Look at #HarryPotter, (with help from Diana Butler Bass) and Christ & Culture

I have an ongoing theory about where religion is going….

It happily matches Diana Butler Bass’s, though is from a differing perspective

In undergrad I got a BA in Hist and Engl and (almost) a minor in Philosophy…but really, I was studying fairy tales & fantasy. I did my thesis on that.

Then in seminary, I would sneak off and read fantasy and try to study Lewis and L’engle on the side, of course taking Osmer’s Fantasy class (I got to help with the reading list that year) YAY!

So….I’ve noticed how fantasy is not only the sort of fiction our souls need, as the inklings theorized, but also that its mirroring of spirituality is amazing.

Here is the thesis in a nutshell: Fairy Tales did not exist before Christ, before that there was no forgiving God, no happily ever after. (Cupid and Psyche is simultaneously the last myth, the first fairy tale)

There the idea of Human Progress and Mythic Recess. Science was on the move, Oz has to be hidden, Narnia can’t be find, the Elves are leaving in Tolkien.

Science is taking over there is no room for magic/religion

We are now, in 2015, witnessing the Harry Potter generation coming into adulthood. If I am at the beginning of the millennial time (I was born in 83), then my sister (born in 93) and graduating from undergrad this year, I think will be the end of it, and the beginning of the new generation. How can it not? The economics have changed, religion has changed, rights have changed….read Diana Butler Bass’s book Christianity after Religion for more.

This Harry Potter generation read about Muggles and Wizardfolk. Side by side, intertwined. The magic is hard to find, but once you discover it, it parallels and is (and as it turns out has been) integrated into “regular” life. Urban fantasy, by the likes Charlaine Harris &

I feel this is a signal to where religion/faith is going in the future. How does our spirituality fit into our lives?

More (w)holistically to be sure, more diverse, more interspersed with those who are not typically religious.

People like C.S. Lewis, J.R.R. Tolkein, Neil Gaiman, Madeline L’engle, Robin Mckinley all of whom speak to the truth of fantasy….

I know it is but a mirror, but the fact that fantasy was founded as a conversation about Christ and Culture, and looking to the big questions

Where does humanity start? How is the great battle between good and evil going? What is the individual’s call within that battle?

(Geek moment. I consider Science Fiction to be about adding technology onto humans to augment and change it. Fantasy to be about what happens when magic is thrown into the normal world. Both are about the state of humanity, what makes someone a person?)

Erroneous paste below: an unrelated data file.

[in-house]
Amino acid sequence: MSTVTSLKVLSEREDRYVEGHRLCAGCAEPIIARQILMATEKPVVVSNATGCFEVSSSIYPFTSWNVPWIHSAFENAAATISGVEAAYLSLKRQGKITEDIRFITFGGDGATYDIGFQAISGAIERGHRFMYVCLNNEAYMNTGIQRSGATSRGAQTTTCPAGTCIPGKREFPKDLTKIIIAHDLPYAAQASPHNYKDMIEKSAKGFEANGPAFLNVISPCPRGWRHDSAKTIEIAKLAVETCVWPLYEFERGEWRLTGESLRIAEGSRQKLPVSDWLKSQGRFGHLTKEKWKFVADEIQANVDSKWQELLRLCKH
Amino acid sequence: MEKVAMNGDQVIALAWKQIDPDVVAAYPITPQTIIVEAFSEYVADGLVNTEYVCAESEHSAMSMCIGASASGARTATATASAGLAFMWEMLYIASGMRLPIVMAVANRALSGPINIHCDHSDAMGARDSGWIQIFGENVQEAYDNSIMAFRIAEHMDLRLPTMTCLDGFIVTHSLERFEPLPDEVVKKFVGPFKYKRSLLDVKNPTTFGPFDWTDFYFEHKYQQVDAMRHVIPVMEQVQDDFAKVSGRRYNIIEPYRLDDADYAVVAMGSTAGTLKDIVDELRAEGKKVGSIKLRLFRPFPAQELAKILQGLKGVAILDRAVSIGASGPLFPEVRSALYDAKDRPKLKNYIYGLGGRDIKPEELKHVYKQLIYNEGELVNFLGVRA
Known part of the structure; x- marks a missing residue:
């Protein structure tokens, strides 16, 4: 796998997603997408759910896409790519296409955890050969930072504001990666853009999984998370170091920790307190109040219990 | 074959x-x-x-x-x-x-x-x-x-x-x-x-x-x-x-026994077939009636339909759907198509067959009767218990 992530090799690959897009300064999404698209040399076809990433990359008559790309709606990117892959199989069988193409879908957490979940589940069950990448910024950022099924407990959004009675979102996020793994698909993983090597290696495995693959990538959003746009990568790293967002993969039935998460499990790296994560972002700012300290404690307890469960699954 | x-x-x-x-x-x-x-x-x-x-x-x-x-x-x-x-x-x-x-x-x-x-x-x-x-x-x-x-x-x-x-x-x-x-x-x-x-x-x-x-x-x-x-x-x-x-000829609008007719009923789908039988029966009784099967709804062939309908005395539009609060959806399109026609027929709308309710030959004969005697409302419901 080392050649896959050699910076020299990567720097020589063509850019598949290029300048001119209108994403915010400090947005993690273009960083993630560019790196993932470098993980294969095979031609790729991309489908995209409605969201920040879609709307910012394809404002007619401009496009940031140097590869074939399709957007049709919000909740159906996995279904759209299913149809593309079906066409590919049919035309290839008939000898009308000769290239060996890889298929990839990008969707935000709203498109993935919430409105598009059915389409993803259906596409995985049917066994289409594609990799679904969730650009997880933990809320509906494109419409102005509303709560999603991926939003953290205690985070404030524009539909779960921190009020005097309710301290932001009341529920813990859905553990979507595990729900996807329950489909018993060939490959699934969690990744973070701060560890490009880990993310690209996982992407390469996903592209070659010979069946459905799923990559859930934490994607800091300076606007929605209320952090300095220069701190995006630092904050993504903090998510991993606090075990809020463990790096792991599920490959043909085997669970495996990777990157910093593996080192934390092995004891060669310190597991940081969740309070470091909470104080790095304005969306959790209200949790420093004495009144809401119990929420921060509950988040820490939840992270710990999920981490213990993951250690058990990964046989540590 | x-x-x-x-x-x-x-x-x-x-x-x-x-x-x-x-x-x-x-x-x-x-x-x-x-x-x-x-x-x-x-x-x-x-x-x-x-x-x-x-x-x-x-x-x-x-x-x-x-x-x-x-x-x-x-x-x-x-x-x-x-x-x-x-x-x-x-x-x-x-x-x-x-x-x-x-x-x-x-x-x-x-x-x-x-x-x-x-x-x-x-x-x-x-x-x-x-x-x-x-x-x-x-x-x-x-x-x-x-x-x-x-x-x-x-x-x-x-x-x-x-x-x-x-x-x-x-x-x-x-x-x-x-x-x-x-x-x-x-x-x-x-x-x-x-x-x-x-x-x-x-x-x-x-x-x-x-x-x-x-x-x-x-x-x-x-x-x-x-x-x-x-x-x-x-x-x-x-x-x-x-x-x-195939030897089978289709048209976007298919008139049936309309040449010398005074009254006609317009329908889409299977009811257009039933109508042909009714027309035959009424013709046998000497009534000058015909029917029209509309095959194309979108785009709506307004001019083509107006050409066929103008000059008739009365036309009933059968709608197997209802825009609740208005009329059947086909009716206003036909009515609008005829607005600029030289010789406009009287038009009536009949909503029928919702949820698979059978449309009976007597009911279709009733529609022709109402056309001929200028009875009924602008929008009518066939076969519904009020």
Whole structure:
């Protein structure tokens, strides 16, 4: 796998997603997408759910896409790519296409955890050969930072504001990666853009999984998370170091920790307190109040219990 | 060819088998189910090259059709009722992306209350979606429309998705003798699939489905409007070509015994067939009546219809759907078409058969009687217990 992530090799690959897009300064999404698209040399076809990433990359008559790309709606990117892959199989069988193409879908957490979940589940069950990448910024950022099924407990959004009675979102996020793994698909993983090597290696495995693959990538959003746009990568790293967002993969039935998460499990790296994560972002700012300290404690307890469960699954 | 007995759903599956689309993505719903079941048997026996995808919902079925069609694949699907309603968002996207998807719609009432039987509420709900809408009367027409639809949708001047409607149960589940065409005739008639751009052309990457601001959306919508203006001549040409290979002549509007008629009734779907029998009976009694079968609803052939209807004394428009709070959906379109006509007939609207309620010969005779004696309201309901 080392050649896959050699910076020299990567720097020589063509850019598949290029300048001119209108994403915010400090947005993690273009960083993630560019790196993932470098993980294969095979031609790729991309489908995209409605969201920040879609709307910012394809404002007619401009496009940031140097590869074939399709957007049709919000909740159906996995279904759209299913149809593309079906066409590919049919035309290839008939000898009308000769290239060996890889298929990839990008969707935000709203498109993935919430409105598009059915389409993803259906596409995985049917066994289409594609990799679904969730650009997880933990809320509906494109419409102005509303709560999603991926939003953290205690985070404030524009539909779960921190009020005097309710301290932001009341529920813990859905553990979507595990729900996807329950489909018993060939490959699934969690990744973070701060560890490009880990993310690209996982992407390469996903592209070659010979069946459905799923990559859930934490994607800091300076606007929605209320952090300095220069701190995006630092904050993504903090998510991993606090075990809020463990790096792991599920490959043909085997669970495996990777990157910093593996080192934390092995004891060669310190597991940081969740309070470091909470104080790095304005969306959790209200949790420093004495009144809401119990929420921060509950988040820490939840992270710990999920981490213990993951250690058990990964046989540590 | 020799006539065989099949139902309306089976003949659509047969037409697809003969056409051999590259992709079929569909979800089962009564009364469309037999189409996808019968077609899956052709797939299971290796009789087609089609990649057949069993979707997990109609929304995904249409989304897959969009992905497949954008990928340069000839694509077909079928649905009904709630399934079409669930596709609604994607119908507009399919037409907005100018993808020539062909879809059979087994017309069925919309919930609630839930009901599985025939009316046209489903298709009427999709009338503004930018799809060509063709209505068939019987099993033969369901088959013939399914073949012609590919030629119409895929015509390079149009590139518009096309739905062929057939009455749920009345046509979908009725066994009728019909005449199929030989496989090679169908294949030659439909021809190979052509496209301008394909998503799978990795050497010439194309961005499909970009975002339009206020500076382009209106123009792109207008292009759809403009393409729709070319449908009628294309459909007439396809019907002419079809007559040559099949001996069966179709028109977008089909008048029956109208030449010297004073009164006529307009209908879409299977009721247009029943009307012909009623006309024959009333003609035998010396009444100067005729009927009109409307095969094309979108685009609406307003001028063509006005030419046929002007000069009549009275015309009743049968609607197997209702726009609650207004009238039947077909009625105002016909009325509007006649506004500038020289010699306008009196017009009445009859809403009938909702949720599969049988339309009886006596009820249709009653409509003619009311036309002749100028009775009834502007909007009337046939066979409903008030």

I think that as the Harry Potter Generation, those who literally grew up with the books, signal where interest in spirituality might be going next, and that their might be a revival…..and I find that fascinating……

Still mulling about that wonderful Dystopic Fantasy…I think Diana Bass Butler’s theory about the bridge of change….is helpful ….even more helpful for me is to move beyond the flat narrative and looking more carefully at the narrative of those who have to bear the burden of those changes, people of color, the poor, the LBGQT, etc.

Why #Steampunk? Why Now? #analysis of #fantasy #narrative…

If you have been long time follower of my blog, you might be aware that I have a theory that with the advent of recent Speculative Fiction including (but not limited to) Harry Potter and Urban Fantasy the old idea that technology will ultimately wipe out all magic (as proposed by such classics as The Lord of the Rings, Narnia, and Wizard of Oz) has since been changed to the idea that magic and technology are parallel and coexisting worlds instead (something that I think THEOLOGY needs to catch up on…see full theory here )

So Steampunk, is our re-writing of the collective narrative, showing that even if technology had been bigger and more present in the Victorian Era, no way in the world would it have done away with magic…or religion for that matter…

There also tends to be good narratives inserting women heroines, non-hetereo-normative romances as well as developing ethnically empowering narratives. Writing the novels in such a way that they broaden our understanding of history

Steampunk, now, because it is fairy tales and technology…and people in history…we can see it better now….
Steampunk is the next step on Speculative Fiction’s natural development as it narrates itself through the contemporary world as it is today
steampunk1

steampunk3_steampunk2

The last enemy …

The last enemy to be destroyed is death

Harry Potter p. 328

1 Cor 15:26

Hallows, not Horcruxes…….